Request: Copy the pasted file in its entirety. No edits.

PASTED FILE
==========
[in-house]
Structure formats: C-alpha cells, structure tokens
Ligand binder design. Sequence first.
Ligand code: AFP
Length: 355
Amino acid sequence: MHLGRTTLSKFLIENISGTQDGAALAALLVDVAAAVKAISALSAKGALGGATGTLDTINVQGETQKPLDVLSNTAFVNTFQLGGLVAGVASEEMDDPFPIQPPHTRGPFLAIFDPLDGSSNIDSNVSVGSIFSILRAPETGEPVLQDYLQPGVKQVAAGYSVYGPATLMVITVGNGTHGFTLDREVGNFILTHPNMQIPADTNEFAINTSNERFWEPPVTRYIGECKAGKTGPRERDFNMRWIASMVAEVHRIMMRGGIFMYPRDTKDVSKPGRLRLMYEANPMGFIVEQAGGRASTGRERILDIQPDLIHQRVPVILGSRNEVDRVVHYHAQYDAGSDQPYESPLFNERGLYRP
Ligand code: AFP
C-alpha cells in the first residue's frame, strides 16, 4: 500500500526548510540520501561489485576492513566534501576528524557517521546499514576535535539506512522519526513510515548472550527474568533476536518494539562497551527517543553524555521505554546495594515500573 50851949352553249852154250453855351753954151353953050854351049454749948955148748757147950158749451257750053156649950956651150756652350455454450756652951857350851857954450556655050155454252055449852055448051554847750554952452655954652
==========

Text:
[in-house]
Structure formats: C-alpha cells, structure tokens
Ligand binder design. Sequence first.
Ligand code: AFP
Length: 355
Amino acid sequence: MHLGRTTLSKFLIENISGTQDGAALAALLVDVAAAVKAISALSAKGALGGATGTLDTINVQGETQKPLDVLSNTAFVNTFQLGGLVAGVASEEMDDPFPIQPPHTRGPFLAIFDPLDGSSNIDSNVSVGSIFSILRAPETGEPVLQDYLQPGVKQVAAGYSVYGPATLMVITVGNGTHGFTLDREVGNFILTHPNMQIPADTNEFAINTSNERFWEPPVTRYIGECKAGKTGPRERDFNMRWIASMVAEVHRIMMRGGIFMYPRDTKDVSKPGRLRLMYEANPMGFIVEQAGGRASTGRERILDIQPDLIHQRVPVILGSRNEVDRVVHYHAQYDAGSDQPYESPLFNERGLYRP
Ligand code: AFP
C-alpha cells in the first residue's frame, strides 16, 4: 500500500526548510540520501561489485576492513566534501576528524557517521546499514576535535539506512522519526513510515548472550527474568533476536518494539562497551527517543553524555521505554546495594515500573 50851949352553249852154250453855351753954151353953050854351049454749948955148748757147950158749451257750053156649950956651150756652350455454450756652951857350851857954450556655050155454252055449852055448051554847750554952452655954652